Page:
11. Blair MW, Cortés AJ, This D (2016) Identification of an ERECTA gene and its drought adaptation associations with wild and cultivates common bean. Plant Sci 242:250–259CrossRefGoogle Scholar
  12. Boyer JS (1978) Water deficits and photosynthesis. In: Kozlowski TT (ed) Water deficits and plant growth, vol 4. Academic Press, New York, pp 154–191Google Scholar
  13. Briñez B, Perseguini JMKC, Rosa JS, Bassi D, Gonçalves JGR, Almeida C, Paulino JFC, Blair MW, Chioratto AF, Carbonell SAM, Valdisser PAMR, Rosana Pereira Vianello RP, Benchimol-Reis LL (2017) Mapping QTLs for drought tolerance in a SEA 5 × AND 277 common bean cross with SSRs and SNP markers. Genet Mol Biol 40:813–823CrossRefGoogle Scholar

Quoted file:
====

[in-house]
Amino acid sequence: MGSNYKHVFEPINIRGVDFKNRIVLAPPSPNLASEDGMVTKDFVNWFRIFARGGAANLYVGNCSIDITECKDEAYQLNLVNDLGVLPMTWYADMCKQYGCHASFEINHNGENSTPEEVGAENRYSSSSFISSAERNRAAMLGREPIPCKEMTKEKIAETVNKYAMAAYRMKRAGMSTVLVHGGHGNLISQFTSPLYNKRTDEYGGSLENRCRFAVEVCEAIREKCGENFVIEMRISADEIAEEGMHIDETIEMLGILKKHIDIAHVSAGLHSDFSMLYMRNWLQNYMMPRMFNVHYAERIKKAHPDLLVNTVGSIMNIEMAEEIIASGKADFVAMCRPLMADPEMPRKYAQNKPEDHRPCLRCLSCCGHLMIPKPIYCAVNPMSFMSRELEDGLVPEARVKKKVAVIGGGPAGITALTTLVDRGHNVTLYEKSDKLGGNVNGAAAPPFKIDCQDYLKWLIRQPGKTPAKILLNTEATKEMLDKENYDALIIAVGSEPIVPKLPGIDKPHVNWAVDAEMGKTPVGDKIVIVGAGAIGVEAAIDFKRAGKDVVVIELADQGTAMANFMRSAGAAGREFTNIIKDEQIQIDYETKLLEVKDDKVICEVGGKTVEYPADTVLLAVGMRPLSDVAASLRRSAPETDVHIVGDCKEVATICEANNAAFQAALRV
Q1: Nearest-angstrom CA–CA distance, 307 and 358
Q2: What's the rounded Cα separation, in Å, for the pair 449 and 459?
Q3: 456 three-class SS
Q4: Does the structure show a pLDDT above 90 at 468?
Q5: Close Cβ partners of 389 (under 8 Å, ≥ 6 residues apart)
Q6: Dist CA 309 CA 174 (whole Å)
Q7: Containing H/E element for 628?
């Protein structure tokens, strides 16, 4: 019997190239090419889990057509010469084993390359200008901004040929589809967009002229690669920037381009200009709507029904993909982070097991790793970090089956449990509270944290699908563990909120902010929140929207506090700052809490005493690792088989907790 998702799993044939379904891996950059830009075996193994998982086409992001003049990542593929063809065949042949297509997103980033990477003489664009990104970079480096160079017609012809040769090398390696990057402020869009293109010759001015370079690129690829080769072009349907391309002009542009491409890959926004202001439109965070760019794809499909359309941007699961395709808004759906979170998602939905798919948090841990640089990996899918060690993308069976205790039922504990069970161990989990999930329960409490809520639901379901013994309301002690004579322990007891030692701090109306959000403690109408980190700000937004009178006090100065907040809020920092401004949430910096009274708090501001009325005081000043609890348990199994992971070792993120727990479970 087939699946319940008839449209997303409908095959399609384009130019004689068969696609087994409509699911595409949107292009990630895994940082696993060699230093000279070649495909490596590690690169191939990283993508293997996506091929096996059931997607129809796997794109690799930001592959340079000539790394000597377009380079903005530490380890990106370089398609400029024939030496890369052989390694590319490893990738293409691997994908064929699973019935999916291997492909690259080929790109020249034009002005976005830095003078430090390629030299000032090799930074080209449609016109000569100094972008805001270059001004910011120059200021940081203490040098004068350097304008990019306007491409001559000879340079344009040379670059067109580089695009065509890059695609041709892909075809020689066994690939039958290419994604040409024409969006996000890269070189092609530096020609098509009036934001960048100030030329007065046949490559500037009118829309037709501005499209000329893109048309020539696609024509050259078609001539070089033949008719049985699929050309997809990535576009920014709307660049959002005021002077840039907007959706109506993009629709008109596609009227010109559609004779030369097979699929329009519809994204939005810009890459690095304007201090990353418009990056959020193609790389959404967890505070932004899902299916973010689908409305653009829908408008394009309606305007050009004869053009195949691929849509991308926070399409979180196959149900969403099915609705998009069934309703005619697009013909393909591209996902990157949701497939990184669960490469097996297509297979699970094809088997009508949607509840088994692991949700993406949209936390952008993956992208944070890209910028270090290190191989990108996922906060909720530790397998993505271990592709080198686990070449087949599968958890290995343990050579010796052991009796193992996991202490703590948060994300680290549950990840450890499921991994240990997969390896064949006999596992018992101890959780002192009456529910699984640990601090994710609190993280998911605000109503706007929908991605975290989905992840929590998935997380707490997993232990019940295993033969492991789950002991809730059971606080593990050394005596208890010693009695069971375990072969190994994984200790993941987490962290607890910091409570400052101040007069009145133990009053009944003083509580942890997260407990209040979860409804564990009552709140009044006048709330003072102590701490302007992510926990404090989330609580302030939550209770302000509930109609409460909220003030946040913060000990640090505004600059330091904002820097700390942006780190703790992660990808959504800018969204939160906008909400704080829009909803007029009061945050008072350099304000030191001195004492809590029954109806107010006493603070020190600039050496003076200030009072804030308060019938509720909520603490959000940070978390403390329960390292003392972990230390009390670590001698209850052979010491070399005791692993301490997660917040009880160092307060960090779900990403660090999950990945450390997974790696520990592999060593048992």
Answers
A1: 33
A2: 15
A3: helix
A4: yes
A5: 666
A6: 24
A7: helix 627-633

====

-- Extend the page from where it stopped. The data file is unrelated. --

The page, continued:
14. Chaves MM, Oliveira MM (2004) Mechanisms underlying plant resilience to water defecits: prospects for water-saving agriculture. J Exp Bot 8:1–20Google Scholar
  15. CIAT—Annual Report (1988) International center for tropical agricultureGoogle Scholar
  16. Choudhury FK, Rivero RM, Blumwald E, Mittler R (2016) Reactive oxygen species, abiotic stress and stress combination. Plant J.  https://doi.org/10.1111/tpj.13299 CrossRefPubMedGoogle Scholar
  17. CIAT (1983) In: Fernàndez F, Gepts P, López M (eds) Etapas de desarollo de la planta de frijol común. CIAT, CaliGoogle Scholar
  18. EMBRAPA—Agência EMBRAPA de Informação Tecnológica (2006) Empresa Brasileira de Pesquisa Agropecuária (EMBRAPA). <http://www.agencia.cnptia.embrapa.br>. Accessed 14 April 2018
  19. Gill SS, Tuteja N (2010) Reactive oxygen species and antioxidante machinery in abiotic stress tolerance in crop plants. Plant Physiol Biochem 48:909–930CrossRefGoogle Scholar
  20. Instituto Agronômico de Campinas (IAC)—Technical Report (2001). <http://www.iac.sp.gov.br>. Accessed 14 April 2018
  21. Instituto Agronômico do Paraná (IAPAR) (1997). <www.iapar.br>. Accessed 14 April 2018